Itâ??s been interesting watching the Government shift direction on an almost daily basis when it comes to tax breaks for games development.

EDITORIAL: Mixed Messages

What’s more interesting, and possibly troubling, is what Culture Minister Hodge said of the industry’s ability to communicate; that it isn’t speaking to her with a unified voice.

With ELSPA signing an objection to the criteria for France’s proposed tax breaks, despite some of its senior members telling the FT that Canada is a threat, all while UKTI, BERR and Tiga produce the Playing For Keeps report, it’s clear she has a point.

Then again, such splits and rivalries are endemic to the UK industry, so there’s little surprise Government is confused by what it wants. This was certainly clear throughout the London Games Festival itself (where Hodge made her comments about tax relief), during which I think the games market both succeeded and failed badly in getting the message out to the world that games are a medium of true worth.

Compare the opening day’s event, Video Games Live, with one just the following day, the game BAFTAs.

VGL explored how games have used music, in its most traditional sense, to create emotion and excitement about its content ­– a packed Royal Festival Hall of cosplayers and genuine game and music fans proved that, yep, games are an excellent medium.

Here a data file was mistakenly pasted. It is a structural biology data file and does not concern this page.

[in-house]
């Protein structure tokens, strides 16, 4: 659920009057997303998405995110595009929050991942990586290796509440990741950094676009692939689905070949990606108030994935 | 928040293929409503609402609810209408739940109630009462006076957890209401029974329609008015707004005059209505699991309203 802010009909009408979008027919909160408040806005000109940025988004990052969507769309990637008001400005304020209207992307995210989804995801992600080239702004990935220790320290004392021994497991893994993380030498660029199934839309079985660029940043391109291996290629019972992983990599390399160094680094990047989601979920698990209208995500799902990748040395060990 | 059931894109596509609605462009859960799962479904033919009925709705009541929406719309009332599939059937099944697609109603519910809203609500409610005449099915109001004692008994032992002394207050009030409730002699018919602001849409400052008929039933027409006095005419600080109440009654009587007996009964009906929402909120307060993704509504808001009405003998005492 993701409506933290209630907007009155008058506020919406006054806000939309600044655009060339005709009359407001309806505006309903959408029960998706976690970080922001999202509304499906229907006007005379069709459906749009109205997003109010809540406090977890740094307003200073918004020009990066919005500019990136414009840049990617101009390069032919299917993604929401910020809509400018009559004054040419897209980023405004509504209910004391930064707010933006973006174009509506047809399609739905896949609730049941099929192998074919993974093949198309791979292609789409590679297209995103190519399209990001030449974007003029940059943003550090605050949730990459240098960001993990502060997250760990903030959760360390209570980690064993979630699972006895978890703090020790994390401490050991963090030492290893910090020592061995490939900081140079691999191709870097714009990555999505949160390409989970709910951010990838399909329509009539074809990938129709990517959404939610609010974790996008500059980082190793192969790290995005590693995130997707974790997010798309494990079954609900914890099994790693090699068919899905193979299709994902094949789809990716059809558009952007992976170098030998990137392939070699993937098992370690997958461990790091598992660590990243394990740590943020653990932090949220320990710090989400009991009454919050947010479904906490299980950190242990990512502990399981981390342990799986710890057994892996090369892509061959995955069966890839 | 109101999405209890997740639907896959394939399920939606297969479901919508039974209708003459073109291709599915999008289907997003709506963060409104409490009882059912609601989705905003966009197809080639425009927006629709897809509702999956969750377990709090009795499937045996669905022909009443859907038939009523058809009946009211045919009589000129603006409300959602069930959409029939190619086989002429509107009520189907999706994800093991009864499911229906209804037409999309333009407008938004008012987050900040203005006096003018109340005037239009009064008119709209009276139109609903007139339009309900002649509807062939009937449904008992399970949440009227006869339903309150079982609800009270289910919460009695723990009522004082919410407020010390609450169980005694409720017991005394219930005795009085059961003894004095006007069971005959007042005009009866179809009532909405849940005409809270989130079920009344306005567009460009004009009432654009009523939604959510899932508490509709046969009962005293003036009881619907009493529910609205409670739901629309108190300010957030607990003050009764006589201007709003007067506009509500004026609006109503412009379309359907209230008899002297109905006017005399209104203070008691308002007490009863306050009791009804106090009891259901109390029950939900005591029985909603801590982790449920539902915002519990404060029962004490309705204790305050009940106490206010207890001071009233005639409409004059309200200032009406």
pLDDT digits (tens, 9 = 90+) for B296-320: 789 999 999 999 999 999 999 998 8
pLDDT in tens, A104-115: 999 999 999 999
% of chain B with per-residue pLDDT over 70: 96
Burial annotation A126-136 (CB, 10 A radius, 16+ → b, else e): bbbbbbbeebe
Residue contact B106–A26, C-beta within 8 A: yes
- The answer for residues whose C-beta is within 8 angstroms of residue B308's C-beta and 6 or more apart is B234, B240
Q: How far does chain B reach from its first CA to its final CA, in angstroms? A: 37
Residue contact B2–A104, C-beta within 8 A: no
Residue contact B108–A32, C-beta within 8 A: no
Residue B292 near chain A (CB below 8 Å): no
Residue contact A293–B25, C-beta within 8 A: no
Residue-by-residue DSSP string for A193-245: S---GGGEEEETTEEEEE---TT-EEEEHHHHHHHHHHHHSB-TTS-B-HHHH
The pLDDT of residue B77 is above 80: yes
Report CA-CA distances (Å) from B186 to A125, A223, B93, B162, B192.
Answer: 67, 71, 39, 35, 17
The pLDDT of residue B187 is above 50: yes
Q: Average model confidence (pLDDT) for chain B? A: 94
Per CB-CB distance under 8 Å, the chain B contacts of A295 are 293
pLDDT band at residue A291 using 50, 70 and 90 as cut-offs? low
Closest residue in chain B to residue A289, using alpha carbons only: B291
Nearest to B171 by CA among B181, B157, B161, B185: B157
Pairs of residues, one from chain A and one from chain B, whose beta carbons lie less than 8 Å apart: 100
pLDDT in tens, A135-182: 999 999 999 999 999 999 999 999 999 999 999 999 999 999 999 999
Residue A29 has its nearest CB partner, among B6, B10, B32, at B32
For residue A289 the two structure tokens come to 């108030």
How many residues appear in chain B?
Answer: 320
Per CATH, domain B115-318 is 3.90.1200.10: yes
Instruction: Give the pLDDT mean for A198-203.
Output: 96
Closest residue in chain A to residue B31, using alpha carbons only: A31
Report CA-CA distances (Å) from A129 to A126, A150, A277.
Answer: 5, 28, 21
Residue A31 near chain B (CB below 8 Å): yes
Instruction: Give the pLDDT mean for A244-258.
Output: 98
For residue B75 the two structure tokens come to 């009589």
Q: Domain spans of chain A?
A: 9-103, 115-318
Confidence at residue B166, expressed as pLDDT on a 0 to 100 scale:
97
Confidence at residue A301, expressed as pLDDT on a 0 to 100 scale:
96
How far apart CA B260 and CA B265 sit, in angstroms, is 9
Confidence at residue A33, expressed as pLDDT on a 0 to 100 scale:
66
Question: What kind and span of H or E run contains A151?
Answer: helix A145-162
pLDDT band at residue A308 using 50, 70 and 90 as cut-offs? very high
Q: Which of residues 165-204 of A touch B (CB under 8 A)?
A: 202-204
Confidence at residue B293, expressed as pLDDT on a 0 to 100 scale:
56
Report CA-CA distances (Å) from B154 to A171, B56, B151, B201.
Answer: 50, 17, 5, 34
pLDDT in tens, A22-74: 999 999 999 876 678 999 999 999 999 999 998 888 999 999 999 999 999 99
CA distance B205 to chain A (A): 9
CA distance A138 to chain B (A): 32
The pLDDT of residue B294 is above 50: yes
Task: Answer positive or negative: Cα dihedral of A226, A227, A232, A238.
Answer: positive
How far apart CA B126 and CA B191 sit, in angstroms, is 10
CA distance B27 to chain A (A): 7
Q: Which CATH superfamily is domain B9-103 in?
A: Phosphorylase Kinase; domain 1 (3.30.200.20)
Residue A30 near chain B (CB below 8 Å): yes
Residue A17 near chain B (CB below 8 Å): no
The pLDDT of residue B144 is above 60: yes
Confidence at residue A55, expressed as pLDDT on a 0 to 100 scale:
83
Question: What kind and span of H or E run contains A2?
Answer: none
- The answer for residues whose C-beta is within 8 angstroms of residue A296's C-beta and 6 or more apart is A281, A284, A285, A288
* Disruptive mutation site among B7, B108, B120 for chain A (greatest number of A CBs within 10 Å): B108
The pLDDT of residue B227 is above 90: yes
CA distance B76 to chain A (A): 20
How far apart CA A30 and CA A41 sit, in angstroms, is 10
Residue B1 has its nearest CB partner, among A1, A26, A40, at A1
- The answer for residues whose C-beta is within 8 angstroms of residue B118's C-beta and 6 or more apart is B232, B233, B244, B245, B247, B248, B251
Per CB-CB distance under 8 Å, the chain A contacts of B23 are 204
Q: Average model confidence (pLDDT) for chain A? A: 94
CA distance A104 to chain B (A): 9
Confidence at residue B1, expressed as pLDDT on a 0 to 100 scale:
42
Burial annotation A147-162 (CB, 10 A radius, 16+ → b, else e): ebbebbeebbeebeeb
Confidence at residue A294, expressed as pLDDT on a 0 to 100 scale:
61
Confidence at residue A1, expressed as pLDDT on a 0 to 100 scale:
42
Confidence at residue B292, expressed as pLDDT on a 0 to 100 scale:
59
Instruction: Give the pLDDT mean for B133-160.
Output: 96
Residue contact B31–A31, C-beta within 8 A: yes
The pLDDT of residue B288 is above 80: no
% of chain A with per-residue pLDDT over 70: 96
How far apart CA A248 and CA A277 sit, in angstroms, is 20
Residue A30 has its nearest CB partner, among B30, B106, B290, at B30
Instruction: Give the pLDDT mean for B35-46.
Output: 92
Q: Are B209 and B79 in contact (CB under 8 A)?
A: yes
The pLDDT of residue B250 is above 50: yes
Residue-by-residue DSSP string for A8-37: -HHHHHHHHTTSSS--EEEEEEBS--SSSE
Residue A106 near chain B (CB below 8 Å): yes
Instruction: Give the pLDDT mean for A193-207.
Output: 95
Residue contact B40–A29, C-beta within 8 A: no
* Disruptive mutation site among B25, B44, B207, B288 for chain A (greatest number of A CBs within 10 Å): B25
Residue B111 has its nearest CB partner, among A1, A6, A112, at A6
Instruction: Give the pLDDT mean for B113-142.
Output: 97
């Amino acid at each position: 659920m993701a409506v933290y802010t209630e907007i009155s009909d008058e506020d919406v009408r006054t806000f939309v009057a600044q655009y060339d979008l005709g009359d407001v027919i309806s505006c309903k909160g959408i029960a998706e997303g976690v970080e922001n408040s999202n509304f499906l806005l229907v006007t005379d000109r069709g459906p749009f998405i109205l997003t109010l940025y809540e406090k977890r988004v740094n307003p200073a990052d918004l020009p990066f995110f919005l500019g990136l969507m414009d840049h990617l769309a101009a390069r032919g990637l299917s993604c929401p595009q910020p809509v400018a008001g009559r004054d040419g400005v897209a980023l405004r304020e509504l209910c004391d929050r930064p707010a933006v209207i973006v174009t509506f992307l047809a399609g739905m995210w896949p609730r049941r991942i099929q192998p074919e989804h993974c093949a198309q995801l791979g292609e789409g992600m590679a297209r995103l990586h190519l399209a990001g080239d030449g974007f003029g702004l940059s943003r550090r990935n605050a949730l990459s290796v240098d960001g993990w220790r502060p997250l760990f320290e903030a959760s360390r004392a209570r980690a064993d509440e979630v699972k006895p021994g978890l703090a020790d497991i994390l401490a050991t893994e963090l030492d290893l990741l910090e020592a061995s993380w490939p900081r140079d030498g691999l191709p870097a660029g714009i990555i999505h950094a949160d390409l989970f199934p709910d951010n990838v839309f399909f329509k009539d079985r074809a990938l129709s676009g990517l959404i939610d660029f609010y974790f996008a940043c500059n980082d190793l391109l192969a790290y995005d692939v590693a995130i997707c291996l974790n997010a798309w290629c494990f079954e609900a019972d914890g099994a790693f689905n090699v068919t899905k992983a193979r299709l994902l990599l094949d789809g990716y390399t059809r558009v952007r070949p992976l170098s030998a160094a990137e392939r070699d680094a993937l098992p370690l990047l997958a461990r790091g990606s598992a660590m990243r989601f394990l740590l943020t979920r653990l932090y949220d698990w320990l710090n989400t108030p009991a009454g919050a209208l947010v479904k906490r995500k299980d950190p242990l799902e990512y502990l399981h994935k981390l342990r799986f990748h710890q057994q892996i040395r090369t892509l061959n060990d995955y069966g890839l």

All of that sentiment was undone just 24 hours later by the awkward treatment of the medium at the BAFTAs.

The ceremony displayed a lack of appreciation for a medium it wants to court and acknowledge.

While the winners and the fellowship for Will Wright are all deserved, forcing those same winning developers in the audience (well, those present – but grumbling about having PRs and marketing people collect BAFTAs is another rant entirely) to watch characters from Hollyoaks badly discuss – at length, to boot – how games use stories was embarrassing.

Same goes for the insertion of of music acts hawking their difficult second albums, and the shadow of T4 cheapening the whole thing. Guess what: I don’t care if Charlie From Busted plays games.

If this is what it takes to make games content broadcastable for TV, and have our developers and games seen, then let’s not bother. After all, as Hodge told anyone that would listen throughout LGF, games are top of the class in the UK’s creative industries, and other mediums are competitors, so why pander to them?

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